Nam June Paik is a wonderful artist. There are some great examples of his work in the Stuart Collection at UC San Diego, but this is the only major Paik I know of in a public collection in L.A. It’s a grid of 84 Quasar TVs laid out like an American flag; one channel feeds all the screens on the top left section with images of stars, and the other channel gives us the stripes. The stars and stripes are constantly changing: images fold, multiply and zip across the screens. Scenes from movies dissolve in and out. It’s an exuberant work full of color and recognizable signs, like hearts and stars, and figures such as Marilyn Monroe and Allen Ginsberg, yet it creates no narrative and, in its comedy, mocks the quaint idea of linear time. For Paik there is no inherent meaning in the progression of history, in the ticking of the clock; there is only meaning in the simultaneous and chaotic flow of life. So the work encourages us to let go of the desire to link moments one after another into a falsely comprehensible story — it opens us up to living completely in the present. It has a kind of living beauty that is best expressed in the moving image.I think the people who restored the work a few years ago--Elvin Whitesides and Eddy Vajarakitipongse--understand that very well. TVs don't last forever, and they had to take them apart and put new tubes in them while keeping the aesthetic. They did an amazing job.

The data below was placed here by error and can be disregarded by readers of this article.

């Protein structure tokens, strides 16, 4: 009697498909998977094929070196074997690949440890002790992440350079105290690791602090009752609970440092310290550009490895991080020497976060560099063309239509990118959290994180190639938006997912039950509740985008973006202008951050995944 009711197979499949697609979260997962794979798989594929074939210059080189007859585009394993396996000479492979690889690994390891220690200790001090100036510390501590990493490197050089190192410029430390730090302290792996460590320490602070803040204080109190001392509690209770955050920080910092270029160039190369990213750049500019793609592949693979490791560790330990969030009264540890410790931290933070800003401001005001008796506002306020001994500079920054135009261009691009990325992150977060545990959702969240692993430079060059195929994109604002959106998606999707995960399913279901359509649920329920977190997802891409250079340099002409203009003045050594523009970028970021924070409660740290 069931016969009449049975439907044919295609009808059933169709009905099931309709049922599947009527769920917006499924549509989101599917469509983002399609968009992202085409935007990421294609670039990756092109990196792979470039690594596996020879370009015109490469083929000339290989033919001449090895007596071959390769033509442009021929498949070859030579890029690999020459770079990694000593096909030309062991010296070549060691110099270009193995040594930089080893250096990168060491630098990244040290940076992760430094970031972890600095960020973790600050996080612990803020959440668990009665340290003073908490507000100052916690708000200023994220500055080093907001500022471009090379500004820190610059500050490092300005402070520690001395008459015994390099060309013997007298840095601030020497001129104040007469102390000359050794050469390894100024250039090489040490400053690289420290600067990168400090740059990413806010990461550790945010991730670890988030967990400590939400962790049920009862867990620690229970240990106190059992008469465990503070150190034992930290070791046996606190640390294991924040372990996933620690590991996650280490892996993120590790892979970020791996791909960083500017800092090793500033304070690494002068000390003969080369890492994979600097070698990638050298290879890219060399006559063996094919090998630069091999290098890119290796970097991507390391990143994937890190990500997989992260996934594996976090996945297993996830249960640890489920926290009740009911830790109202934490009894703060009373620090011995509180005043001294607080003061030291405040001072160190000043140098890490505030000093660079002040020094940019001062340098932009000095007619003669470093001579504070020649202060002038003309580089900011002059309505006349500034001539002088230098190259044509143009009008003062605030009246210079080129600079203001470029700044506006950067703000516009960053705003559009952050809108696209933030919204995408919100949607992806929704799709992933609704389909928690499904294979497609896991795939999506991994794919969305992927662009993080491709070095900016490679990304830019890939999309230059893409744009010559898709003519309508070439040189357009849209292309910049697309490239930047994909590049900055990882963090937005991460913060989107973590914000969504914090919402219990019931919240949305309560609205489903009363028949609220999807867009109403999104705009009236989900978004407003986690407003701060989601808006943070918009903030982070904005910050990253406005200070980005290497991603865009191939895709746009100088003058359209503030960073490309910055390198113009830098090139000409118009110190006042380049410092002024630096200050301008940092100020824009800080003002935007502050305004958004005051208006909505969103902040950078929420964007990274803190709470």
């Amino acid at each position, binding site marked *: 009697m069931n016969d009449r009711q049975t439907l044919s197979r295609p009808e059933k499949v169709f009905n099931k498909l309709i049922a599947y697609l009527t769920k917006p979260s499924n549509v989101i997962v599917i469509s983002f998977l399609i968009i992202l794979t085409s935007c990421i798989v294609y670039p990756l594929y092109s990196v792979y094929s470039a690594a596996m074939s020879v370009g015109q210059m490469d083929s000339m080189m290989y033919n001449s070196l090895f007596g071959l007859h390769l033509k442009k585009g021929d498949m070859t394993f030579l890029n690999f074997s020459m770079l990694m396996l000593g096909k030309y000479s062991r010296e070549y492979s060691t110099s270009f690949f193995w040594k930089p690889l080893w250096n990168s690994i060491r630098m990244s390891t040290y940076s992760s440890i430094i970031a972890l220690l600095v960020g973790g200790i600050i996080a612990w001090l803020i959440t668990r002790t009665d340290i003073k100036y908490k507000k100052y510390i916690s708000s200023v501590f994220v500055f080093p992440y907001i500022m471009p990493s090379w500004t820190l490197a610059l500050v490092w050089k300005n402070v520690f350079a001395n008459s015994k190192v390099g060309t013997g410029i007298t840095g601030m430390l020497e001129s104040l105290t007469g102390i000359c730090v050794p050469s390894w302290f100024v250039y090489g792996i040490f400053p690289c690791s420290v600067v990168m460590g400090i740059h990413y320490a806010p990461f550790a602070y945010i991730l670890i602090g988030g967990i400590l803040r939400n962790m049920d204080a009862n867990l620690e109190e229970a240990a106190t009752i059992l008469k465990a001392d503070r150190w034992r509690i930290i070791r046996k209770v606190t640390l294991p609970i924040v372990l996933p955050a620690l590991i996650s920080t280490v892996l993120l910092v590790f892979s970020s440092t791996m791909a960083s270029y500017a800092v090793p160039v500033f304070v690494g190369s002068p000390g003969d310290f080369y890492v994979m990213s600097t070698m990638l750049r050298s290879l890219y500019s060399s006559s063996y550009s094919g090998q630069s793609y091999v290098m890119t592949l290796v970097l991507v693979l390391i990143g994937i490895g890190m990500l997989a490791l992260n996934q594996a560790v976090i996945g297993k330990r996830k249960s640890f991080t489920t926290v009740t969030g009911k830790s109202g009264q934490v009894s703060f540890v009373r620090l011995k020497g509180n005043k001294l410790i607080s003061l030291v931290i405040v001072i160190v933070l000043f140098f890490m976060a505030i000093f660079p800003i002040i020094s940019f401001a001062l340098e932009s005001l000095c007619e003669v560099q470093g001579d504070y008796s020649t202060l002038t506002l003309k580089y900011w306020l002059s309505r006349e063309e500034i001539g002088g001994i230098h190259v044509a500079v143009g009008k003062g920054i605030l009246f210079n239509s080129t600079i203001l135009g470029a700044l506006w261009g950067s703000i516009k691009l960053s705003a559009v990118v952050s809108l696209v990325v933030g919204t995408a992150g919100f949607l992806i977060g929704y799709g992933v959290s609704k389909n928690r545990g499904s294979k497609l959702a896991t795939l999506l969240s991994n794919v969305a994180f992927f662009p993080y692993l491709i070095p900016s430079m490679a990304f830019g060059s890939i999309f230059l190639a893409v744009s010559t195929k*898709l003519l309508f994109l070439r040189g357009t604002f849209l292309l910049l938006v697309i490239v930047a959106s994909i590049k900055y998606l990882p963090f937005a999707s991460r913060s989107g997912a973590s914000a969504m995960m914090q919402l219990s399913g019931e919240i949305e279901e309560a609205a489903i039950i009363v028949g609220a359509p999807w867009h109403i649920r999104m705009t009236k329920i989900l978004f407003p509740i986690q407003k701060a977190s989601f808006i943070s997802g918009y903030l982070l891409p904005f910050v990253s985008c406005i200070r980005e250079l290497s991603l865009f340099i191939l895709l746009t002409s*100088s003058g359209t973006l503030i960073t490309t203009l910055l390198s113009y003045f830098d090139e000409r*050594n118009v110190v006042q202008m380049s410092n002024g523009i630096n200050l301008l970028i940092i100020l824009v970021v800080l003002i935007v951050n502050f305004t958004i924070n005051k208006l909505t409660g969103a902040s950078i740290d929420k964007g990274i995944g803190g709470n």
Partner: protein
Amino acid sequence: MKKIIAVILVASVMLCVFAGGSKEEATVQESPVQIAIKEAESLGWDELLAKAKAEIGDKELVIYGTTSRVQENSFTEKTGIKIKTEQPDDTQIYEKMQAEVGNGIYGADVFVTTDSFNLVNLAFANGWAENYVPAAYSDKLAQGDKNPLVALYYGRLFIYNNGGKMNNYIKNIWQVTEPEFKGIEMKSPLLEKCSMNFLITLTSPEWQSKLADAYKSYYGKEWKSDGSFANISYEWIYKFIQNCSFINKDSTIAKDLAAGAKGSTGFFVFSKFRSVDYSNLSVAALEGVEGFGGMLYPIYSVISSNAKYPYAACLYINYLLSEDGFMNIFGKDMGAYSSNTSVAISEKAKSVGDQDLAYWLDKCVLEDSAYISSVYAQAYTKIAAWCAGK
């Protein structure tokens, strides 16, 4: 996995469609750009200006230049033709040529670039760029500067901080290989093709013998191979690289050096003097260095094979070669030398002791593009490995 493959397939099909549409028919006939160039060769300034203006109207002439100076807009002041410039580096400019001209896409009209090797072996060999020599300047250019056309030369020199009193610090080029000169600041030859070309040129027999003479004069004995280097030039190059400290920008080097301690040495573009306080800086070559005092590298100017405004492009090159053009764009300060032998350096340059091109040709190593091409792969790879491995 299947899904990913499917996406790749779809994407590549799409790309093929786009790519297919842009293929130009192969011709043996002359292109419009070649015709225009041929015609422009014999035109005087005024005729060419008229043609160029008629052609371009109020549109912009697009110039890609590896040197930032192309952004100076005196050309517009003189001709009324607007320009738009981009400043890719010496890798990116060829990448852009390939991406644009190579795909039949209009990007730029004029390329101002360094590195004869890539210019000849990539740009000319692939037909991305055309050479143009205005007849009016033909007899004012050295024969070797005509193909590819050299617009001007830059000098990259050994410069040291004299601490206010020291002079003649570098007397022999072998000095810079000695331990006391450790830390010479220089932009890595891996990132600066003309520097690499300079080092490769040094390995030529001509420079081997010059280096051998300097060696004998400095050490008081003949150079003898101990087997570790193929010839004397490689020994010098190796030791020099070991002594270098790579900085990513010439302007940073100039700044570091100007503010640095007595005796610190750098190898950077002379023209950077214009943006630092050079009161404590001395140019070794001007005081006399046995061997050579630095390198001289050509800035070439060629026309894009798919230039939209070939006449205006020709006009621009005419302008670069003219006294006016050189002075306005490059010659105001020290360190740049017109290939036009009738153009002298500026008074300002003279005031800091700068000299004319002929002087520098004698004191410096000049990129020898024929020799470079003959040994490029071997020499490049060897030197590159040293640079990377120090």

— Diana Thater, as told to Jori Finkel
Image: Nam June Paik's Video Flag Z, 1986. © Nam June Paik Estate, installation. Image courtsey Museum Associates/LACMA, 2012.